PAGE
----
Workbook guide +problem in Math. Phys.

  • Thread starter blade86
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  • #1
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Hey I have a degree robotics and moved to theoretical physics so am still struggling to keep up with the mathematics. I was wondering if there are any good workbooks out there where I can just practice a lot of problems, mainly (special functions: Bessel, Legendre, Laplace, Integral transforms, ODEs PDEs and complex variables)?
Also some help with the following problem would be helpful:

If a cube of side length a originally at temp. T[itex]_{0}[/itex] is placed in a reservoir at temp. T=0 K, show the subsequent temp. is :

[itex]T(x,t)[/itex] = [itex] T_0 [/itex] [itex] \Sigma_{l,m,n} [/itex] [itex] 64 \over lmn \pi^3[/itex] [itex] sin[ {{l \pi} \over{a}} x][/itex] [itex] sin[ {{m \pi} \over{a}} y][/itex] [itex] sin[ {{n \pi} \over{a}} z][/itex] [itex] e^{-(l^2 + m^2 + n^2)({\pi \over a})^2 \kappa t}[/itex]

where [itex] \kappa [/itex] is the heat conductivity.

Any help or guidance on how to approach the solution would be much appreciated.
 

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  • #2
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Hey I have a degree robotics and moved to theoretical physics so am still struggling to keep up with the mathematics. I was wondering if there are any good workbooks out there where I can just practice a lot of problems, mainly (special functions: Bessel, Legendre, Laplace, Integral transforms, ODEs PDEs and complex variables)?
Also some help with the following problem would be helpful:

If a cube of side length a originally at temp. T[itex]_{0}[/itex] is placed in a reservoir at temp. T=0 K, show the subsequent temp. is :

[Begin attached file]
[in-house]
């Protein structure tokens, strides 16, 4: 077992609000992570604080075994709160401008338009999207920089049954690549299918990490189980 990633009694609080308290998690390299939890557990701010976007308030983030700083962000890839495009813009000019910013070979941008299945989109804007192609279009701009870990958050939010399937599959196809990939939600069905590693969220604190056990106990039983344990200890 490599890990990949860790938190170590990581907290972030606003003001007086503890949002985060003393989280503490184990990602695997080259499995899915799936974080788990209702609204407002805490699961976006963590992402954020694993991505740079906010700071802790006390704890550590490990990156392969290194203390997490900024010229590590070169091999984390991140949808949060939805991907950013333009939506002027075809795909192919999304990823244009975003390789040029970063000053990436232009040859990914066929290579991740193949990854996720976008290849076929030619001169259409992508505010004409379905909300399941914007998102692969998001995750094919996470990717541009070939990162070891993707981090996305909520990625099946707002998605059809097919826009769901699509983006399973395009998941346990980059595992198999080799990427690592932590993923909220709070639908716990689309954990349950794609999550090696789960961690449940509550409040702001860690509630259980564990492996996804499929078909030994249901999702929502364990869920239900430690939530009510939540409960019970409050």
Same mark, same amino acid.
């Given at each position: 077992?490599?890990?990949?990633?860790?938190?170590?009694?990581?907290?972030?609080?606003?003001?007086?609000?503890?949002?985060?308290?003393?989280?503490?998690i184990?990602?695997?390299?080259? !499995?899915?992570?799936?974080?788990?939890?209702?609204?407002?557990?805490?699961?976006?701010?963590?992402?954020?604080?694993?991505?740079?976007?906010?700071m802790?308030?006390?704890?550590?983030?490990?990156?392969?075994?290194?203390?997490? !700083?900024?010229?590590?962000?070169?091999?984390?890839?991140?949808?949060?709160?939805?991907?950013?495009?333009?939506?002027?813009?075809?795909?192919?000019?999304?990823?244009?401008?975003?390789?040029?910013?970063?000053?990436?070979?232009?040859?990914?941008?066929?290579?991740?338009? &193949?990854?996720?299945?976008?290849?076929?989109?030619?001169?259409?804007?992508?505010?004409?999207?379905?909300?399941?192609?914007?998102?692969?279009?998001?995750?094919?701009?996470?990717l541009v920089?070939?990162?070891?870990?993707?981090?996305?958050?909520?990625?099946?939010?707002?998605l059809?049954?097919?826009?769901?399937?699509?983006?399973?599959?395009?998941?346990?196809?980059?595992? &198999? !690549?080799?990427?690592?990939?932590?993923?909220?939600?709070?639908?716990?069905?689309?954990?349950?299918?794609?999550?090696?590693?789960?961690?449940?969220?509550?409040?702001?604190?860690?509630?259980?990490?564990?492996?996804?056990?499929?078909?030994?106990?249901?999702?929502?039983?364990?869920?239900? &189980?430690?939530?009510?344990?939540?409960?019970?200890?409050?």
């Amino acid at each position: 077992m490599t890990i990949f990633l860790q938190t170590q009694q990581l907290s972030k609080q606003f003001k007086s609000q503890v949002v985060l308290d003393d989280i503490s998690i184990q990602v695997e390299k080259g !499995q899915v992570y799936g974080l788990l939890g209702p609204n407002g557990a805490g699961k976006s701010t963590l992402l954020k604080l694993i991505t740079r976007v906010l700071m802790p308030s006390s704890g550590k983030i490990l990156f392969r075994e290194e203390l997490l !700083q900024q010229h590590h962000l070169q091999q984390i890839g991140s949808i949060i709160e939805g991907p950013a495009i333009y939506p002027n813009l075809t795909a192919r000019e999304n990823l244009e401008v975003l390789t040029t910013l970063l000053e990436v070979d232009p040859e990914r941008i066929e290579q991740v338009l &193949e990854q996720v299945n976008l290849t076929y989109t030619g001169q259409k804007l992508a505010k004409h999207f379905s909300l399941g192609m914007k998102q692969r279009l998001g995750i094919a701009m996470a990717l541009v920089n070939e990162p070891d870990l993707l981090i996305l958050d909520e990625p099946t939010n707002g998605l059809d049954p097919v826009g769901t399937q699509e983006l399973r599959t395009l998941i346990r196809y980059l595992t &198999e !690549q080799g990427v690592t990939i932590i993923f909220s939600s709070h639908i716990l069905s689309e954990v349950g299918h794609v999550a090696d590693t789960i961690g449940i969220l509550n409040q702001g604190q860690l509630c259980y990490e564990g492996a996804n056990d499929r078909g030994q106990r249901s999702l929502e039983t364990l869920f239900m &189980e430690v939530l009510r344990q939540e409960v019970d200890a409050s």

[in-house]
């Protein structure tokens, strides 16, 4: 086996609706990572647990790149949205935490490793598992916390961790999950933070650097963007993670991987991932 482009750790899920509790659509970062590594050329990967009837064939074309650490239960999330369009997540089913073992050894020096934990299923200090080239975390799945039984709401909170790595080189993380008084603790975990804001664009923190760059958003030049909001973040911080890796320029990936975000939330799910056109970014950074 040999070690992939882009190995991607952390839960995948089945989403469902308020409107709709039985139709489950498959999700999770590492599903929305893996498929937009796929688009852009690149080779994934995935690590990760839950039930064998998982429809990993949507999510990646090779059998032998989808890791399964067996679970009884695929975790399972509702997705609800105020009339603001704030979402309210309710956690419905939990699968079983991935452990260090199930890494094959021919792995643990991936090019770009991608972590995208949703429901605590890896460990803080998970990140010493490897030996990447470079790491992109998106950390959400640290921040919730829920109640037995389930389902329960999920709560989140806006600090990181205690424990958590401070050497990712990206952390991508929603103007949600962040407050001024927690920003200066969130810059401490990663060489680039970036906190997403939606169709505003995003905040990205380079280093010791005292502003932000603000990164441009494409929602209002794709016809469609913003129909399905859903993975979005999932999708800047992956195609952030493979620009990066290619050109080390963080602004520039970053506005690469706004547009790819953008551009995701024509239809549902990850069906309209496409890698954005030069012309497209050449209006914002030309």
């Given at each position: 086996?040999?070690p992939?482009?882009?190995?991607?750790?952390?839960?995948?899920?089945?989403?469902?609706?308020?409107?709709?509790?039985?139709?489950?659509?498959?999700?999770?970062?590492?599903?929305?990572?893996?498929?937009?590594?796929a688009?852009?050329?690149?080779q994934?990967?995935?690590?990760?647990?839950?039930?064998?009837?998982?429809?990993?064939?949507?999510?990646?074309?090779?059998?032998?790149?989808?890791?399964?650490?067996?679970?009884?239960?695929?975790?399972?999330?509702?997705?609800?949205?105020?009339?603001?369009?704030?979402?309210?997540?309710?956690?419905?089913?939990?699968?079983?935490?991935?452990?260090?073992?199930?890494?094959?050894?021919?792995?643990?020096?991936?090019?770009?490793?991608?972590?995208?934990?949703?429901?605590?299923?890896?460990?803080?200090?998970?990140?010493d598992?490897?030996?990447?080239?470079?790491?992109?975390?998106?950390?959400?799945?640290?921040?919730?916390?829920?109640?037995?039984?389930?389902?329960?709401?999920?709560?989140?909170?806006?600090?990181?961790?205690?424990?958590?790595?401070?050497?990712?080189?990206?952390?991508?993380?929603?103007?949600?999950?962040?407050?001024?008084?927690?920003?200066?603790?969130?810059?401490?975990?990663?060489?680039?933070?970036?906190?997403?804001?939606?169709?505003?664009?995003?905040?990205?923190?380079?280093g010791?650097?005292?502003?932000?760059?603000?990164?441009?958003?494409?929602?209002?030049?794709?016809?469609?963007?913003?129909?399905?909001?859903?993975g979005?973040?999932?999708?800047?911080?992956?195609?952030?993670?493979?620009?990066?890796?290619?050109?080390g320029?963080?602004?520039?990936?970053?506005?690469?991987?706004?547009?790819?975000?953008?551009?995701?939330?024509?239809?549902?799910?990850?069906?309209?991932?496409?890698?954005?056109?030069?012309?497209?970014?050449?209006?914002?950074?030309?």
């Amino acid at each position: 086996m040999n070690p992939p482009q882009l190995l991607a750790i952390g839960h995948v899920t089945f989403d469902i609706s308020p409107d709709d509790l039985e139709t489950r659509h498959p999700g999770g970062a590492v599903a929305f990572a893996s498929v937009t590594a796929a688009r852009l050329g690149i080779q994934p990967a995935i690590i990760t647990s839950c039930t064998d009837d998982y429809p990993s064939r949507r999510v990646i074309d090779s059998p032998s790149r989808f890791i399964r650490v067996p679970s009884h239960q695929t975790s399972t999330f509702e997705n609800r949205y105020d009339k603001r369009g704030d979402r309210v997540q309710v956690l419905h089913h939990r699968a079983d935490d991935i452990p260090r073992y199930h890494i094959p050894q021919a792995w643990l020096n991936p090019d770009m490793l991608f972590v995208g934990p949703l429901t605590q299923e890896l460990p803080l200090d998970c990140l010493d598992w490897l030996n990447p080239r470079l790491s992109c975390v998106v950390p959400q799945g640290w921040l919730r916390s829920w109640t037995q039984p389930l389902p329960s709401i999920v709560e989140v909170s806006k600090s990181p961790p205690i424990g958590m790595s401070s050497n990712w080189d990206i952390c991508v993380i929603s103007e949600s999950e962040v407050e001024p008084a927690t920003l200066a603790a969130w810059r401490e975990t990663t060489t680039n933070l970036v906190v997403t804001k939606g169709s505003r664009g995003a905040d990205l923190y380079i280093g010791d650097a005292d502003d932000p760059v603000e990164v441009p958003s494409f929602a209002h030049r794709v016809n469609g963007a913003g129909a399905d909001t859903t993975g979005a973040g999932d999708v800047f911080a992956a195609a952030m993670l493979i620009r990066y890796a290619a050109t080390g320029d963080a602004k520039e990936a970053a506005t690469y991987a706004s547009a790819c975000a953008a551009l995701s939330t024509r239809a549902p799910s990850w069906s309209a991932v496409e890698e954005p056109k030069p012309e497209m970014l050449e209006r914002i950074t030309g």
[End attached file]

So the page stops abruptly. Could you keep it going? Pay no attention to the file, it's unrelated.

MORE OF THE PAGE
[itex]T(x,t)[/itex] = [itex] T_0 [/itex] [itex] \Sigma_{l,m,n} [/itex] [itex] 64 \over lmn \pi^3[/itex] [itex] sin[ {{l \pi} \over{a}} x][/itex] [itex] sin[ {{m \pi} \over{a}} y][/itex] [itex] sin[ {{n \pi} \over{a}} z][/itex] [itex] e^{-(l^2 + m^2 + n^2)({\pi \over a})^2 \kappa t}[/itex]

where [itex] \kappa [/itex] is the heat conductivity.

Any help or guidance on how to approach the solution would be much appreciated.
I'm not really a physics guy, but my initial reaction is to start with the heat equation.


$$\frac{\partial T}{\partial t}-\frac{\kappa}{\rho c_p}\nabla^2T=0.$$

As an aside, am I the only one here who sees that mess and automatically imagines Steve Irwin yelling "Crikey! Look at the size of that thing!" ? :rofl:

Edit: If you really want to get good at the math, what I've done for practice is stalk the forums and try to answer whatever questions I deem worth answering. It's actually rather effective.
 
  • #3
jasonRF
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Are you just looking for a bunch of good problems with some answers to check your work? Many university classes post homework assignments and solutions. Try
ocw.mit.edu

jason
 
  • #4
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Thanks for the tips, yeah answering physics forums seems like a good idea. I tried the solution.. maybe its something like this (attached pdf). but not sure about the subsequent temperature.
 

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  • #5
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@jasonRF yes indeed I am just looking to solve a lot of problems to become more fluent in the mathematics.
 

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